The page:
About games and gaming thereof!

Human Revolution: Rampaging Gunman

I’ve now completed two playthroughs of Deus Ex: Human Revolution. First was my “normal” playthrough (I try to sneak around, but use whatever weapons feel satisfying and natural to me and if I get caught or put in a particularly difficult situation I’ll use lethal force and kill the enemies) and second was my no-killing, no-detection, hard-mode playthrough. For my third playthrough I’ve decided I’m going to rampage through and murder every threat. I’m going Gears of War style on these bitches.

I will confirm that what other people have said is true; if you play a lethal, non-stealthy character, you will be penalized for it. Well, you won’t be “penalized,” but you’ll be given less rewards. The game lets you play either way, but it favors the careful, sneaky player.

But tell me something: was that last paragraph a description of Human Revolution, or Hitman: Blood Money? Because the truth is that the Hitman games work in exactly the same way, and nobody complains about it in those games.

And do you want to know why? It’s because it makes sense that way. I happen to agree with what Krellen said in the comments for my previous Deus Ex post:

“This isn’t a war scenario; you’re not a soldier. The “psychopathic” playthrough is, explicitly, doing it wrong. Why should it be rewarded?”

Having now played part of Human Revolution shooter-style, I can confirm that if you’re doing so, you’re deliberately playing the game incorrectly. It’s great that the game even allows you to do so, but I think that rewarding the sneaky player that refuses to kill makes perfect sense. When I noticed this gameplay mechanic the first thing that came to mind was Hitman, since it does the exact same thing; you can run through and shoot down all your targets, as well as any security guards in the way, but doing so will have the game slap you across the wrist and tell you that you’re doing it wrong. And that’s as it should be, because you are doing it wrong.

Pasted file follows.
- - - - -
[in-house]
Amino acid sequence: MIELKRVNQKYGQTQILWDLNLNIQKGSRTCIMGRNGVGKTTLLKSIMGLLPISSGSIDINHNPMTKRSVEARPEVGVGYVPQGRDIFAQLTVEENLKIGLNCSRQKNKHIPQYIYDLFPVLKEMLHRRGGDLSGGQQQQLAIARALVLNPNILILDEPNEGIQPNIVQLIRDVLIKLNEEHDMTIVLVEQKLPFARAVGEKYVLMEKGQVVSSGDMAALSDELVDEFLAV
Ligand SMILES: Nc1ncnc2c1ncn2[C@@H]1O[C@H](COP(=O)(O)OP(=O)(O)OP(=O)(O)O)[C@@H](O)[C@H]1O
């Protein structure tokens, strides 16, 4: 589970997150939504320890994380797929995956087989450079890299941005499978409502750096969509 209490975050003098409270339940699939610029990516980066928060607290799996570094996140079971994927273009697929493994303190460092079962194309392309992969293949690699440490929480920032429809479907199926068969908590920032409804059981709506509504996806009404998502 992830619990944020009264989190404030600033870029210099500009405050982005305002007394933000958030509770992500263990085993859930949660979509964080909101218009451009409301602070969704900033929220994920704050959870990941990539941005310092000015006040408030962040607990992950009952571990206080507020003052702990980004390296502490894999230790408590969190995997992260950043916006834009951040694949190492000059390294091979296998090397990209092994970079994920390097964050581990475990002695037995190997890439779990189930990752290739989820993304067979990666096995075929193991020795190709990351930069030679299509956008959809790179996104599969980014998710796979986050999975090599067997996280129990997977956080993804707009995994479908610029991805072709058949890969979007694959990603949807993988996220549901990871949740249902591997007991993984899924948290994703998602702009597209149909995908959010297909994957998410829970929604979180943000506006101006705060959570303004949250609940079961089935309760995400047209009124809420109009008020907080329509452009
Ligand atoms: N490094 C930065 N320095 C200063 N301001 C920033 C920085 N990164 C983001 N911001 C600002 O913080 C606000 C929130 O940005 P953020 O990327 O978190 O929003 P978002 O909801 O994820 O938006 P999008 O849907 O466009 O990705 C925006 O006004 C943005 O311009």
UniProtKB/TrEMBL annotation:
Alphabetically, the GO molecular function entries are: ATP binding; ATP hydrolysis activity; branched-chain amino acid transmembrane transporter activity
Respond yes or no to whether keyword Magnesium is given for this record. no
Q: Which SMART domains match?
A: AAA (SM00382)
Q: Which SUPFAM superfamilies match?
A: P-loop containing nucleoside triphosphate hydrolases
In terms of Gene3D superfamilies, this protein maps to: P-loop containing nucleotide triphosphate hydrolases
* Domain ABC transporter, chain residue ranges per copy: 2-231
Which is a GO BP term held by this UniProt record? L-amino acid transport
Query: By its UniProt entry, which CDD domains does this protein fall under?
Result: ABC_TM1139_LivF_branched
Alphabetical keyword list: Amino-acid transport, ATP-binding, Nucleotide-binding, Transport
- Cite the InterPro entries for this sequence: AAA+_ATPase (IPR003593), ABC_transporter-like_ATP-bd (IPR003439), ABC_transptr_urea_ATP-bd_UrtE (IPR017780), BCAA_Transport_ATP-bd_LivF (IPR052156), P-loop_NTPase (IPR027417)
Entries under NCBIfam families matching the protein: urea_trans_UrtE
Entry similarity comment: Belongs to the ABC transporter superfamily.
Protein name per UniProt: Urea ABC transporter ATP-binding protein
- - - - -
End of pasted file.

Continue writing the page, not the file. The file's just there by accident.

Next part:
I’m sure the reason people are angry about it in this case is because they say the first Deus Ex 1 was all about letting you play how you want and not rewarding or penalizing you for it, which makes me wonder if people played the same Deus Ex I played, because the game I played gave the non-lethal player extra rewards a number of times. Just as an example, I remember the weapons expert at UNATCO refusing to give me the reward he had planned once he heard that I’d killed all the NSF guards in the previous mission. See there? The game explicitly said “You’re playing shooter style; you’re doing it wrong.”

Deus Ex may not penalize you as much as Human Revolution, but people need to stop describing it as the game that never judges you based on your playstyle, because it most certainly does.

And besides, just because Deus Ex did it, that doesn’t mean Human Revolution has to do it the exact same way. Human Revolution is not Deus Ex 1. This may be where I lose some of you, but the reason why I was excited about Human Revolution in the first place was because it looked so incredibly different from the first Deus Ex. I don’t want more Deus Ex; I want new Deus Ex. I want a new experience with new concepts. That’s exactly what Human Revolution is, and I love all the changes they made.

Except, you know, boss fights.


2 responses

  1. yeah people hugely mis-remember DE1 I think. I saw some complaints about the ending of HR and after experiencing it for myself I was like “uh that was actually way more reserved than the first game”. which goes back to your earlier, excellent point about focus and scope. Yeah, HR is smaller-scale – but it also doesn’t have, for example, Greys or those effing mutant lizard things living in the sewers.

    September 7, 2011 at 12:46 PM

  2. I have a theory about the boss fights. A large majority of the augmentations are of a non-confrontational in nature; outside of the dermal armor, Typhoon & recoil control, there’s little else directly useful in a firefight. But having hoarded most of my Praxis points for the entire first Hub and most of the second, I can verify that a stealthy playthrough isn’t difficult even without most of those enhancements. Now, given that, if someone was to focus on making a purely stealth character & focusing their augs for that, it’s easy to see how the game could be TOO easy. And while those boss fights certainly do change that, I think the developers took an easy out.

    September 7, 2011 at 1:45 PM

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